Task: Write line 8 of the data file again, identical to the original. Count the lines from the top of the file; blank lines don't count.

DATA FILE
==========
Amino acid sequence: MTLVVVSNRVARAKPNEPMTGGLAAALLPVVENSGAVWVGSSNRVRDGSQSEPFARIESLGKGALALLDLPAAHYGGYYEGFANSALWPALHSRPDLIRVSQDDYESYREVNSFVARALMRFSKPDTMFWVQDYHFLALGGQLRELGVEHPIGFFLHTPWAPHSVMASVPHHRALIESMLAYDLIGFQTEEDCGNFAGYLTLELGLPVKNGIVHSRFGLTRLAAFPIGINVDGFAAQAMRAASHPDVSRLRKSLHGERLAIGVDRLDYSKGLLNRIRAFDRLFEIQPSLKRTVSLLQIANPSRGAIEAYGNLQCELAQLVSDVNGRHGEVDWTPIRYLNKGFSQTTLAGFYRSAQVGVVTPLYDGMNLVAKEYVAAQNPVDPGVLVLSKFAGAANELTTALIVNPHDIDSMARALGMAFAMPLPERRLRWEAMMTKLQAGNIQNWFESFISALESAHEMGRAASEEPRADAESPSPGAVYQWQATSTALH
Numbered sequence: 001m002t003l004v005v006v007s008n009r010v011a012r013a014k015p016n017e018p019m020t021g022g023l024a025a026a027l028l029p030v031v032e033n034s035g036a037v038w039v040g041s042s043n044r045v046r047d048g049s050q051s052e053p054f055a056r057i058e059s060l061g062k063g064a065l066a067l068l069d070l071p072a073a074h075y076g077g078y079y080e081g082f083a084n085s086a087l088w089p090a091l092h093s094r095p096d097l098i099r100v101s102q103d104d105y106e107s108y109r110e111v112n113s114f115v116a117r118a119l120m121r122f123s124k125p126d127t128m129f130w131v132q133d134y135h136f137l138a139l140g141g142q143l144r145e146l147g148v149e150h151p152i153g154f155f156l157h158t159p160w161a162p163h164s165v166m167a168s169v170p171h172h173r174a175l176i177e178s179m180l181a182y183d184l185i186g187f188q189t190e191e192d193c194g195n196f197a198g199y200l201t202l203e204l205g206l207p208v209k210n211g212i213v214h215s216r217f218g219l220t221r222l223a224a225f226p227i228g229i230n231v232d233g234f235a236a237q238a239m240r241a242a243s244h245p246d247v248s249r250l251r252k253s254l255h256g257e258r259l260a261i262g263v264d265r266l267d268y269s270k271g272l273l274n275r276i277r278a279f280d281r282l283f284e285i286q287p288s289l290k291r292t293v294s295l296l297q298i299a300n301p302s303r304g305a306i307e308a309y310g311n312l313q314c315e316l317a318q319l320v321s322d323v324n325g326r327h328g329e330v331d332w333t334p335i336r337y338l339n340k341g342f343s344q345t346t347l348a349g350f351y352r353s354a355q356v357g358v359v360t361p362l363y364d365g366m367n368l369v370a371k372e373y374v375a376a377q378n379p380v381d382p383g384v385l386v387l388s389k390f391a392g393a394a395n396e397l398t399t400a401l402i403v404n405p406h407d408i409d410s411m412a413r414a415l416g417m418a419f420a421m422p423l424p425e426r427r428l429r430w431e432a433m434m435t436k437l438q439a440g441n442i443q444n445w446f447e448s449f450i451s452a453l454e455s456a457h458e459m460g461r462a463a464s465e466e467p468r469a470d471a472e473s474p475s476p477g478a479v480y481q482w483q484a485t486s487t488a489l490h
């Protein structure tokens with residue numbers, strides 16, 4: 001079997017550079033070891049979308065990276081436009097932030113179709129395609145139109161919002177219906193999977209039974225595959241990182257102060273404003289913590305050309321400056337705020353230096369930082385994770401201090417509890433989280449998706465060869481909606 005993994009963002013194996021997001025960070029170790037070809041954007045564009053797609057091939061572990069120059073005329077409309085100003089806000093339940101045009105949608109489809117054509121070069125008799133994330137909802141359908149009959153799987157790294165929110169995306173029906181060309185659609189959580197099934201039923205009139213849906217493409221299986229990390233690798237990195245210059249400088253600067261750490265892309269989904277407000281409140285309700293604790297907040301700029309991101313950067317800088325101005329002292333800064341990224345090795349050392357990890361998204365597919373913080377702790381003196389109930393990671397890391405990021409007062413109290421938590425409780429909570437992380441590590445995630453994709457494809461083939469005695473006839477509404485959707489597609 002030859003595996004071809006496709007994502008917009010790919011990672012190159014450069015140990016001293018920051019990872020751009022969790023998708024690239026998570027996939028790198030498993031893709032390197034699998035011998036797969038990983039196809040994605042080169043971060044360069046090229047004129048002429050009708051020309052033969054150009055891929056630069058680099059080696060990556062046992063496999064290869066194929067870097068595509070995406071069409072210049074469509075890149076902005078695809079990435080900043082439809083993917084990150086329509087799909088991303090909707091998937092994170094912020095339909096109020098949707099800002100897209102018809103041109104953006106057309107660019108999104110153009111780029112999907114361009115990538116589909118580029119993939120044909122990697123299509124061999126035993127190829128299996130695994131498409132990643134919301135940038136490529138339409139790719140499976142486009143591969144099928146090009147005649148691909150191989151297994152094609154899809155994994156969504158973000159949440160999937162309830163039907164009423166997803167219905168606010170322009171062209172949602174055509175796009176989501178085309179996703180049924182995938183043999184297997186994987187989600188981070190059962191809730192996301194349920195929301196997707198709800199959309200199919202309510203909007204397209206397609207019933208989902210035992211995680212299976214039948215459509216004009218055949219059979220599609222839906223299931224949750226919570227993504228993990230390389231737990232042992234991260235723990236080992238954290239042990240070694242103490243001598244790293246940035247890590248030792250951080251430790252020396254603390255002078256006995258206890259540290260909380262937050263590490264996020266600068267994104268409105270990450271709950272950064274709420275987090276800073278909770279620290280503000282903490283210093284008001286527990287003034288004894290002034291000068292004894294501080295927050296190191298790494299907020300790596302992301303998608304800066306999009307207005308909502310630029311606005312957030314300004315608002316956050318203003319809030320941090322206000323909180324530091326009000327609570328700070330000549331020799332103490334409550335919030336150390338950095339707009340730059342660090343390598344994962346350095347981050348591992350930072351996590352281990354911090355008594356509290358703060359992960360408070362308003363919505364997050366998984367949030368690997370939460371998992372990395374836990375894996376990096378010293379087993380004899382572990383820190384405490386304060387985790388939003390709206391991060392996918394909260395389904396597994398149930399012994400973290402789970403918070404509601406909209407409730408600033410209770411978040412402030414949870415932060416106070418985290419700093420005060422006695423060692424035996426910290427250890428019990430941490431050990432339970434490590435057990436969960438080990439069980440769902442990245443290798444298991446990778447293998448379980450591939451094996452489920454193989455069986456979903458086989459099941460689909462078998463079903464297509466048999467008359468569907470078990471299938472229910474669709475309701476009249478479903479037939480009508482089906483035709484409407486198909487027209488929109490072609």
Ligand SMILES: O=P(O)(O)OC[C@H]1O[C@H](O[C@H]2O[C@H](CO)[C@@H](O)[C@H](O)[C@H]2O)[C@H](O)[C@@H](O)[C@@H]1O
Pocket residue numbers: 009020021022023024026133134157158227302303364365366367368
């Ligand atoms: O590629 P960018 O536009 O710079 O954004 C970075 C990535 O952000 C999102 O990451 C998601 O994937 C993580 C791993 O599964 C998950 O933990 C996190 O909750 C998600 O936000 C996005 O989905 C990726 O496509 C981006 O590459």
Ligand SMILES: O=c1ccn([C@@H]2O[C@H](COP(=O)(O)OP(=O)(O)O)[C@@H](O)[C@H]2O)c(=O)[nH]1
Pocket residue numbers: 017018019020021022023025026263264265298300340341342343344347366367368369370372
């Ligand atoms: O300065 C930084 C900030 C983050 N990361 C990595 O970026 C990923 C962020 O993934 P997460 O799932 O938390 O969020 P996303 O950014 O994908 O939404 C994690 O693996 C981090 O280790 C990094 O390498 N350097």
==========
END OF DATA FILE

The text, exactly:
Pocket residue numbers: 017018019020021022023025026263264265298300340341342343344347366367368369370372